InSight Mission Carries On as the Mole’s Journey Comes to a Close

An illustration of the InSight lander with its various instruments deployed. HP3 is the instrument situated on the ground on the right side of the lander. Credit: NASA/JPL-Caltech.

In 2018, NASA launched the Insight mission to Elysium Planitia, Mars, to probe the interior of Mars and answer key questions about its early formation and current tectonic activity. One of InSight’s main instruments is the Heat Flow and Physical Properties Package (HP3) developed and built by the German Aerospace Center (DLR). HP3 was designed to burrow up to approximately 5 meters below the martian surface and measure the heat that is coming from the martian interior. Measuring the internal heat flow of Mars would help scientists learn more about the evolution of the planet and the extent to which it is similar to Earth and the Moon.

Unfortunately, on January 14, the heat probe on the HP3 instrument, informally named the “mole,” ended its journey. The mole was designed as a spike that burrows into the surface propelled by repeated “hammer” strokes. Since the initial deployment of the mole on February 28, 2019, it has not been able to gain the friction required to dig due to the soil’s unexpected tendency for clumping. After 500 hammer strokes, the deepest the mole managed to penetrate was 2 to 3 centimeters. This included an attempt to use a scoop on InSight’s robotic arm to scrape soil onto the probe and tamp it down to generate more friction.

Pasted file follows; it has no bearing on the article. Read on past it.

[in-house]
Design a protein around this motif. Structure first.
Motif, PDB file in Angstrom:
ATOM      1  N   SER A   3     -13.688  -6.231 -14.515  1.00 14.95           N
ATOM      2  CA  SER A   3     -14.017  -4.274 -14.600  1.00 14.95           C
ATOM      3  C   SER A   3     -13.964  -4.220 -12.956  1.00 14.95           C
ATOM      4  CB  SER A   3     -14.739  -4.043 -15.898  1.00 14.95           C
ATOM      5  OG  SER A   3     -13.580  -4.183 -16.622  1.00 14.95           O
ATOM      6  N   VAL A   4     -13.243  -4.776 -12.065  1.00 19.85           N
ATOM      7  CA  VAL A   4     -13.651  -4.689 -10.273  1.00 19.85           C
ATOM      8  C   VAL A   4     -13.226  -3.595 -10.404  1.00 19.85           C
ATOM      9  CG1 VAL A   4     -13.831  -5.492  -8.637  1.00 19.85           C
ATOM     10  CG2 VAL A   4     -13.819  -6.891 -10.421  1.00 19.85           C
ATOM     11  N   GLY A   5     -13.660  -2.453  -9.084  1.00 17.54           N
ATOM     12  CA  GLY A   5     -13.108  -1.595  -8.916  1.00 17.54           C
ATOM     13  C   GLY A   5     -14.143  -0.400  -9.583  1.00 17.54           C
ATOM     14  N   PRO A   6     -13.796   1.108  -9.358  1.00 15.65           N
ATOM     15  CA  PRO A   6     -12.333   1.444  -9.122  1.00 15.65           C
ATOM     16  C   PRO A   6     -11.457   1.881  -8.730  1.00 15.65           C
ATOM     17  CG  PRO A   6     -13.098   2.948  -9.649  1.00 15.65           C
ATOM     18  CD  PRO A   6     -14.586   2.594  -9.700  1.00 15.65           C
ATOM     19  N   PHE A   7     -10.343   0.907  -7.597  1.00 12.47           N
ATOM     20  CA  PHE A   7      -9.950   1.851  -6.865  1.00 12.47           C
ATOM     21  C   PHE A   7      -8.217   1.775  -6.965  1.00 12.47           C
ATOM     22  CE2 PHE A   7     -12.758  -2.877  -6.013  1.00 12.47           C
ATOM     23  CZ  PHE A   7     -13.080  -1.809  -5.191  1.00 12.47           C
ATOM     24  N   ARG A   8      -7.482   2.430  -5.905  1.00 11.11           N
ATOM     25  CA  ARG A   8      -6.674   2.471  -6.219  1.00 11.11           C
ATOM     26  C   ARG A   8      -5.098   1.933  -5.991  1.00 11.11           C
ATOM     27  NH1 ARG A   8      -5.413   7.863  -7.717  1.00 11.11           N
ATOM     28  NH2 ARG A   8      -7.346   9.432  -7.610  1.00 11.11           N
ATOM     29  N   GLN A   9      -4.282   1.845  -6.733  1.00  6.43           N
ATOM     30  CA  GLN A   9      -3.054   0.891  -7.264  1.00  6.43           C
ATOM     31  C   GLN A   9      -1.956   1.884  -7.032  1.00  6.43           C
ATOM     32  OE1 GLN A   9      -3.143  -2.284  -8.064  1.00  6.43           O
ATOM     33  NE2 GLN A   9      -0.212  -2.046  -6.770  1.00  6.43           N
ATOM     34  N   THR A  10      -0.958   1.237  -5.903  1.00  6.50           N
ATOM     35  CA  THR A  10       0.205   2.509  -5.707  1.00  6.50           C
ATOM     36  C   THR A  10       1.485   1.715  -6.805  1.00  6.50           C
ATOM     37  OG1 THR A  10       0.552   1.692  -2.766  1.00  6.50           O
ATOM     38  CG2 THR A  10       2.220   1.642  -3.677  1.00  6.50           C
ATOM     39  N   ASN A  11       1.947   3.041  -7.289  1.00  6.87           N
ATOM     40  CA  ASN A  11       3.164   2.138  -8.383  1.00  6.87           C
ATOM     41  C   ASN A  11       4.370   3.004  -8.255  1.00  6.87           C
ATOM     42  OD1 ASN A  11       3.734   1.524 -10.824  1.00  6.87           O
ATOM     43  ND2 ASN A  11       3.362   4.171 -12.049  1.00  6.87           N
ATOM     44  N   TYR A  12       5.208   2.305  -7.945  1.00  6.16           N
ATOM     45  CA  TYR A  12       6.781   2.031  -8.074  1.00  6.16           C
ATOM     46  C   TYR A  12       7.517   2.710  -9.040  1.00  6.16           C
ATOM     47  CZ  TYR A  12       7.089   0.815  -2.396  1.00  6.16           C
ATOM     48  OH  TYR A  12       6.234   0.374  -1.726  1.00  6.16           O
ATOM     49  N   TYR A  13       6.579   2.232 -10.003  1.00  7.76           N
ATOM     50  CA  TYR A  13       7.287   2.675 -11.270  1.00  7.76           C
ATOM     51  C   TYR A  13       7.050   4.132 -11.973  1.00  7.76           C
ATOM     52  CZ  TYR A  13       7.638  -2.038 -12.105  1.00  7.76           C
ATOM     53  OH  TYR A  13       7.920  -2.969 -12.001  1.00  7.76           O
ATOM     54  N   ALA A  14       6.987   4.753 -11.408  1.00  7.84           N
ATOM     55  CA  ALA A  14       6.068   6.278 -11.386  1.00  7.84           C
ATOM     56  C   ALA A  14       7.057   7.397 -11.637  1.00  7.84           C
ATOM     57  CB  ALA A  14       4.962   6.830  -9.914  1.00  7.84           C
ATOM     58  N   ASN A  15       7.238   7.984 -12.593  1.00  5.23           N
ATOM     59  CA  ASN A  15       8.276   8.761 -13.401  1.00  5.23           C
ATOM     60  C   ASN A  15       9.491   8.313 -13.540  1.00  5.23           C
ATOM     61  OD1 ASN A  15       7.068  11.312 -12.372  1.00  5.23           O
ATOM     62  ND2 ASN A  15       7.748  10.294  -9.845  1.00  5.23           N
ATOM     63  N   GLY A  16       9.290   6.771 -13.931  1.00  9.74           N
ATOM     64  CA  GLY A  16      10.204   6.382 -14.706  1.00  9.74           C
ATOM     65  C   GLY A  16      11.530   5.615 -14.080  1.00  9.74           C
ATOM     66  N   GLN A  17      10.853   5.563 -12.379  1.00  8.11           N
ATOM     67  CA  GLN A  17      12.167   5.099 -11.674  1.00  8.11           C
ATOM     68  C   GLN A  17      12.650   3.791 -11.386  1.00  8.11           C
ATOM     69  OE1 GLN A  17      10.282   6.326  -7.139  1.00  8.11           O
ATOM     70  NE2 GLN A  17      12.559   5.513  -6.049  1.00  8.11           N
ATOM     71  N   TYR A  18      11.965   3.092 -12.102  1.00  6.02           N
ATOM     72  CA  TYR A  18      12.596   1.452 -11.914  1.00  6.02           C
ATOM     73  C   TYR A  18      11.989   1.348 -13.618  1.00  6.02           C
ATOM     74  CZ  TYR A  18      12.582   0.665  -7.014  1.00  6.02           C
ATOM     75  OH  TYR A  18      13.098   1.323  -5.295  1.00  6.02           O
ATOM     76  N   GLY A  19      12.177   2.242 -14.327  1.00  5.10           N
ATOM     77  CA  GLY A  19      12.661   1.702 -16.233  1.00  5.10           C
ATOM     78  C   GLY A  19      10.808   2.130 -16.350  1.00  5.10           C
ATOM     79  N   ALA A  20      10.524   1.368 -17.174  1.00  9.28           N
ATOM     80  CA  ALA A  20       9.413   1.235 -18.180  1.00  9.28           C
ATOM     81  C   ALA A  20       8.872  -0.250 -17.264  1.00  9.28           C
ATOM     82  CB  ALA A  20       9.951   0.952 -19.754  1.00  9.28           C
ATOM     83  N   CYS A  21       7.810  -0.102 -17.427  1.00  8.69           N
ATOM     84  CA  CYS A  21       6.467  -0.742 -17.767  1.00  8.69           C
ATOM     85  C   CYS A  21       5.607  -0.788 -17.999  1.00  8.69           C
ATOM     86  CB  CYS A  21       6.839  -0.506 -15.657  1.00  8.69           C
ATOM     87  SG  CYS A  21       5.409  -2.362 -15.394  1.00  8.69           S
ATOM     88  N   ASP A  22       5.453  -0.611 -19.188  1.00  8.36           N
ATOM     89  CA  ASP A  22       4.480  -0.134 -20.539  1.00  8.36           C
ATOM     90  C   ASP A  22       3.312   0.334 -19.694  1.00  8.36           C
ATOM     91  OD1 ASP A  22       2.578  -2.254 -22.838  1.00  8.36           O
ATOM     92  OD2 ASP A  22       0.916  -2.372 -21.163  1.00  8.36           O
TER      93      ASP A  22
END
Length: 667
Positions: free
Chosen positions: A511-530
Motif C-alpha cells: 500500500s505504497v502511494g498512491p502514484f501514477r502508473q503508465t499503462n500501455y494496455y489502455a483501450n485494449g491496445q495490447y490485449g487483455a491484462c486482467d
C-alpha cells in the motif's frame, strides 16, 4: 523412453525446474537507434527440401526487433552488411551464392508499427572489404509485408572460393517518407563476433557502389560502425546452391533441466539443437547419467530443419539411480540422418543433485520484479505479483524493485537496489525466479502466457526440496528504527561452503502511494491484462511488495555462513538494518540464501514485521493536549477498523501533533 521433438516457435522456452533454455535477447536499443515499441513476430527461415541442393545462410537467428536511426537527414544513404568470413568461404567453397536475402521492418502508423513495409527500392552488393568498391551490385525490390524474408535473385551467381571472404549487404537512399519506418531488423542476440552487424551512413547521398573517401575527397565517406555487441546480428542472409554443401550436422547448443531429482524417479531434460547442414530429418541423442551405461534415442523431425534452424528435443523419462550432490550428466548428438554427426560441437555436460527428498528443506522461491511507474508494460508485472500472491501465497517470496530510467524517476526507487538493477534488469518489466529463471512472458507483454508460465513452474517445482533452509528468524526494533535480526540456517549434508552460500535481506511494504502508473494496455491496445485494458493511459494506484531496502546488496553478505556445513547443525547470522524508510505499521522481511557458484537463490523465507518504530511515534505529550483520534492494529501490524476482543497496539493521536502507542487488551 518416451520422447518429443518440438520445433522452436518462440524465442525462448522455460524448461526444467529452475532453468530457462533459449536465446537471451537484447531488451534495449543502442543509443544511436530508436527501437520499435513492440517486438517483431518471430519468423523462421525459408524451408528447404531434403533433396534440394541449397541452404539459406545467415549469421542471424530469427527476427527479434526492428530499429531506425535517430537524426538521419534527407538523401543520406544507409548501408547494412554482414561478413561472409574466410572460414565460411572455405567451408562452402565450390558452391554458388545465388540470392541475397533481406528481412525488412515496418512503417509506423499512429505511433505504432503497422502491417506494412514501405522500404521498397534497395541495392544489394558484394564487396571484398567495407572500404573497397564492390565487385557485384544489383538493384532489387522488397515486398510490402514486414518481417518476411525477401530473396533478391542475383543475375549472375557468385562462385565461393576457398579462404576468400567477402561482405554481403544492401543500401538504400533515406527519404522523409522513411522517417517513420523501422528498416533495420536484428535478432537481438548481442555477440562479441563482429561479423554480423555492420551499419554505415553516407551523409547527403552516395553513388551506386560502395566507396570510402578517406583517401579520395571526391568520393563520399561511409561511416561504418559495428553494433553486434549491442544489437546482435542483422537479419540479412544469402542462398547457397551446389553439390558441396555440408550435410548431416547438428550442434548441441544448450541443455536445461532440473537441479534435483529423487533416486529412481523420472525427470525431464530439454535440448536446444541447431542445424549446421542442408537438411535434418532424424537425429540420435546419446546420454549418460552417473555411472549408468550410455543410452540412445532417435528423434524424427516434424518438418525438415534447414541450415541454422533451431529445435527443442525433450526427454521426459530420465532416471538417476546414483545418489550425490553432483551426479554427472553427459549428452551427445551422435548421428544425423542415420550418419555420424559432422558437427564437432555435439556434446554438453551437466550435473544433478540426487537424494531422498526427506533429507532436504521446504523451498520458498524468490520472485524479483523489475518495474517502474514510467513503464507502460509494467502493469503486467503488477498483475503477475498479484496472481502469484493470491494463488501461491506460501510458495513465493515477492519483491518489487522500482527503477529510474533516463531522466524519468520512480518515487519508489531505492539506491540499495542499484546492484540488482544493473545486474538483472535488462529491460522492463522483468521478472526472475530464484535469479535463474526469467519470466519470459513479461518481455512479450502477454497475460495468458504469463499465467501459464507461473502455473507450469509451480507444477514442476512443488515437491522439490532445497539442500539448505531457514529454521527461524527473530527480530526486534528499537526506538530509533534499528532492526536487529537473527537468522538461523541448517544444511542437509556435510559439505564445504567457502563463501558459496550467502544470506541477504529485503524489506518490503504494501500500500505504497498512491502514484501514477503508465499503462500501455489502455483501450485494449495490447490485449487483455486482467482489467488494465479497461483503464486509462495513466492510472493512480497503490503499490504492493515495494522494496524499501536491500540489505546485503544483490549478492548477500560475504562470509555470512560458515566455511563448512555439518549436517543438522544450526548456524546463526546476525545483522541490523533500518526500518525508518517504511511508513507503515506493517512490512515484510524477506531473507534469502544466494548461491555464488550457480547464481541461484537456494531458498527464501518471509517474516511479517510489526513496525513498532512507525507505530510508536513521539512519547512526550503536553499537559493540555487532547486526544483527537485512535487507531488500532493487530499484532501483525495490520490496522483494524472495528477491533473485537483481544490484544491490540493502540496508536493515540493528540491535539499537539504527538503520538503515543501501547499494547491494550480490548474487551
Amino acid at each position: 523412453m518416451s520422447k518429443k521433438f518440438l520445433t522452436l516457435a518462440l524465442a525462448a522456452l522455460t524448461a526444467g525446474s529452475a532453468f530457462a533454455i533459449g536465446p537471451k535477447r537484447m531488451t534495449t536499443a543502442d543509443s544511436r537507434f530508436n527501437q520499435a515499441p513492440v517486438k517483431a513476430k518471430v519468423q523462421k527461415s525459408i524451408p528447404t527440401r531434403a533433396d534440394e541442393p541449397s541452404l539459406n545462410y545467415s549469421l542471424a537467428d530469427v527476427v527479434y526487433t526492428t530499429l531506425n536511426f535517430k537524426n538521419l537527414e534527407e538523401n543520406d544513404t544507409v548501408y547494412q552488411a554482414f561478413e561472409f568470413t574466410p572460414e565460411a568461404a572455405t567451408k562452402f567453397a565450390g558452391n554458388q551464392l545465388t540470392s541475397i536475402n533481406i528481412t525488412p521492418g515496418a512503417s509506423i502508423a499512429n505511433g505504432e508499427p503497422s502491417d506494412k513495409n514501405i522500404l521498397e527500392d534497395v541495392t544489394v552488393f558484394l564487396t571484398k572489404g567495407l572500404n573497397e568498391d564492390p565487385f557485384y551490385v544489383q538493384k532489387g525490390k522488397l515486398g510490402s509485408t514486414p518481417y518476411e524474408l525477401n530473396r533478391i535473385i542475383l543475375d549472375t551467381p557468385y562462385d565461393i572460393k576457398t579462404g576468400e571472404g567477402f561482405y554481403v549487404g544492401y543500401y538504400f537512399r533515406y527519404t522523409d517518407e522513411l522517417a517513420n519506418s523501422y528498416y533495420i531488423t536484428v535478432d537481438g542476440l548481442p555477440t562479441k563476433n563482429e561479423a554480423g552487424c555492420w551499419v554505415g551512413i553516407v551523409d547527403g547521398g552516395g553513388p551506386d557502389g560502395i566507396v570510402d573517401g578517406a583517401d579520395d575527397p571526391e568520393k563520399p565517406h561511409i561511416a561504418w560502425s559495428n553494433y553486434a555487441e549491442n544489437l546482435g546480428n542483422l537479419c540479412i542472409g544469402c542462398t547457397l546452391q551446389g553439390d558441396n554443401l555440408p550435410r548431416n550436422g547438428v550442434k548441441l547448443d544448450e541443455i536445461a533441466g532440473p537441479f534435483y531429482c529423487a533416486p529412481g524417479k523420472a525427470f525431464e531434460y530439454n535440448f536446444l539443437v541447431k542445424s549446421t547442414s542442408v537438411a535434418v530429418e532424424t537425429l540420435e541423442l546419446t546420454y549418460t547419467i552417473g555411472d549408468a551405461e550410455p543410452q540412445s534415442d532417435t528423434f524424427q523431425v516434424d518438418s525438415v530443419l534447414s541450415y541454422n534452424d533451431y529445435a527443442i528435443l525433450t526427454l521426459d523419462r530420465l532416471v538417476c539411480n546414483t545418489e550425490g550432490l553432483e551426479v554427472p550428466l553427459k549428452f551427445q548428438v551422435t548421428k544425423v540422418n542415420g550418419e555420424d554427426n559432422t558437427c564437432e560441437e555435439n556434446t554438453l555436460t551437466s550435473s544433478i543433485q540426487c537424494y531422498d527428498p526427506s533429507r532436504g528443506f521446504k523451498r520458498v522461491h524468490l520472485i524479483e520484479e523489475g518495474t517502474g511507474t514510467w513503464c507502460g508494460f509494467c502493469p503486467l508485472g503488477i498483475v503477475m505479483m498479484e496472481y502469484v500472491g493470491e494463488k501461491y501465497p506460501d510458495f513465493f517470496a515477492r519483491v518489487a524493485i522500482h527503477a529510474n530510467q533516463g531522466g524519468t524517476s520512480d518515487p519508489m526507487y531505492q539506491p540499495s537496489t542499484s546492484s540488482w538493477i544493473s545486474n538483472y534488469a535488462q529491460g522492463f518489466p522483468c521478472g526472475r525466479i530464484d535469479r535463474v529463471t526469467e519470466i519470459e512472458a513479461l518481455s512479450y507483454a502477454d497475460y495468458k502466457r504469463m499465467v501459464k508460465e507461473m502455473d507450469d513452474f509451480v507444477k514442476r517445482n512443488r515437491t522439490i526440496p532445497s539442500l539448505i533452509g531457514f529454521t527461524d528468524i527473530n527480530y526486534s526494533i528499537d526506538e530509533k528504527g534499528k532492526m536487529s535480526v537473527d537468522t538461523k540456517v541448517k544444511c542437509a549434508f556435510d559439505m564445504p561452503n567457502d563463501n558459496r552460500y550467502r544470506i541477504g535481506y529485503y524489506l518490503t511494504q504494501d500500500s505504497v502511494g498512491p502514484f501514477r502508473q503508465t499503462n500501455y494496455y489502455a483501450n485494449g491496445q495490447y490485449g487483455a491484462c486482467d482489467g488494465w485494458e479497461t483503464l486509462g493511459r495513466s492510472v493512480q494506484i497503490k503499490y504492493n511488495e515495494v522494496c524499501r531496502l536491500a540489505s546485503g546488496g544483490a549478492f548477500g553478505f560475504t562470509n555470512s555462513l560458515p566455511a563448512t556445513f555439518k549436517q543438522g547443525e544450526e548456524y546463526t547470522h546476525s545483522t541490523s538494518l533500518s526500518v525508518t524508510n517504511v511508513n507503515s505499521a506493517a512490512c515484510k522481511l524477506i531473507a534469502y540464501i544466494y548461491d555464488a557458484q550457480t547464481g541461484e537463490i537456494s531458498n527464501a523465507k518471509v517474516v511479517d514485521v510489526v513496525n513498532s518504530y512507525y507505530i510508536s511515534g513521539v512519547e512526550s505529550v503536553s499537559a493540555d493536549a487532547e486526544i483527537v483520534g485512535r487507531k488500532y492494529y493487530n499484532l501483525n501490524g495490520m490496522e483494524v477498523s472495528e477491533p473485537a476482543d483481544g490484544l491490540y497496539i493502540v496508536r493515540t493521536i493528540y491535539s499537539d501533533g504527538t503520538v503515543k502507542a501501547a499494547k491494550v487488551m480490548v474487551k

The mole was designed to burrow into soils encountered by previous Mars missions, so the fact that it was unable to burrow into the soil at Elysium Planitia suggests that the soil properties there are somehow different. Future robotic or human exploration missions that may attempt to dig into the subsurface to understand the habitability of the subsurface for microorganisms or in search of resources such as water ice that can be used by astronauts will benefit from lessons learned from the mole. Although the mole has been decommissioned, InSight continues to operate on the surface of Mars, collecting seismic data from marsquakes, measuring the wobble of the martian north pole as it orbits the Sun, and providing valuable information on tectonic activity, meteorite impacts, and the size of the martian core. READ MORE